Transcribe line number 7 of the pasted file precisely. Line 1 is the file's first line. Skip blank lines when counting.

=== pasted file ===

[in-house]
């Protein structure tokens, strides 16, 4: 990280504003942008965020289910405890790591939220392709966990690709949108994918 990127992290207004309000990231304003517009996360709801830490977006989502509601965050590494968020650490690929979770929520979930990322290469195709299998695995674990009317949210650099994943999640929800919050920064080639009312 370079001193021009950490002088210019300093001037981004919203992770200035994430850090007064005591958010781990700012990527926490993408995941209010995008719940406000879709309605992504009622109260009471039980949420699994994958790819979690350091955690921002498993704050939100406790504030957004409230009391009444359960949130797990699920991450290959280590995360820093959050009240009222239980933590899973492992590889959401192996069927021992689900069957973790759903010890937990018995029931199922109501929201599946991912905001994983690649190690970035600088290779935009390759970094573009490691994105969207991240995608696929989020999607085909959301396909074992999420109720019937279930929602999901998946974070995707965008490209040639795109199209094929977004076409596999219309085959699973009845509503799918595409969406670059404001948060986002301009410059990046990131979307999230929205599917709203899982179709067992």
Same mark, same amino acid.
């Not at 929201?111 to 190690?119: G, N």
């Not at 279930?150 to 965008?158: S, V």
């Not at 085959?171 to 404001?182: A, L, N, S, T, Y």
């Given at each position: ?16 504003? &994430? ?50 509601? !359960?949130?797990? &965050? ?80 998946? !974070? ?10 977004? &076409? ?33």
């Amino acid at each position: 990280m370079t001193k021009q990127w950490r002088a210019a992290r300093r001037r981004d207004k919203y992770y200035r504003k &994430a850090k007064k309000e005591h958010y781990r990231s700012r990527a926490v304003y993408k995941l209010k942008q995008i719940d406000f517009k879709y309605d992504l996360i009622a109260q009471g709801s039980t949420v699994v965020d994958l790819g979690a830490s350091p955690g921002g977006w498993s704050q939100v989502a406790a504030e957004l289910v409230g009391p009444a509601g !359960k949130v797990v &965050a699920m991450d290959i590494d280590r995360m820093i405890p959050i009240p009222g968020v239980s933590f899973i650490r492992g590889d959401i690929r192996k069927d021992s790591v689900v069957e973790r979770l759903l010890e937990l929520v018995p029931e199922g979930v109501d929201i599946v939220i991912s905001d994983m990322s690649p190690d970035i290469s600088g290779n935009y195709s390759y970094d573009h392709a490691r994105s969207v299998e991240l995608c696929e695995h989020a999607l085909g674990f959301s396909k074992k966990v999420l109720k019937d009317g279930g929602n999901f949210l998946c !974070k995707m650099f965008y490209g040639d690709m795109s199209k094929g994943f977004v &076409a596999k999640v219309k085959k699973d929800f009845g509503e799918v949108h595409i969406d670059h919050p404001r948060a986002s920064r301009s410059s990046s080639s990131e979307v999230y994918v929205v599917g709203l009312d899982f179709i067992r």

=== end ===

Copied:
């Given at each position: ?16 504003? &994430? ?50 509601? !359960?949130?797990? &965050? ?80 998946? !974070? ?10 977004? &076409? ?33």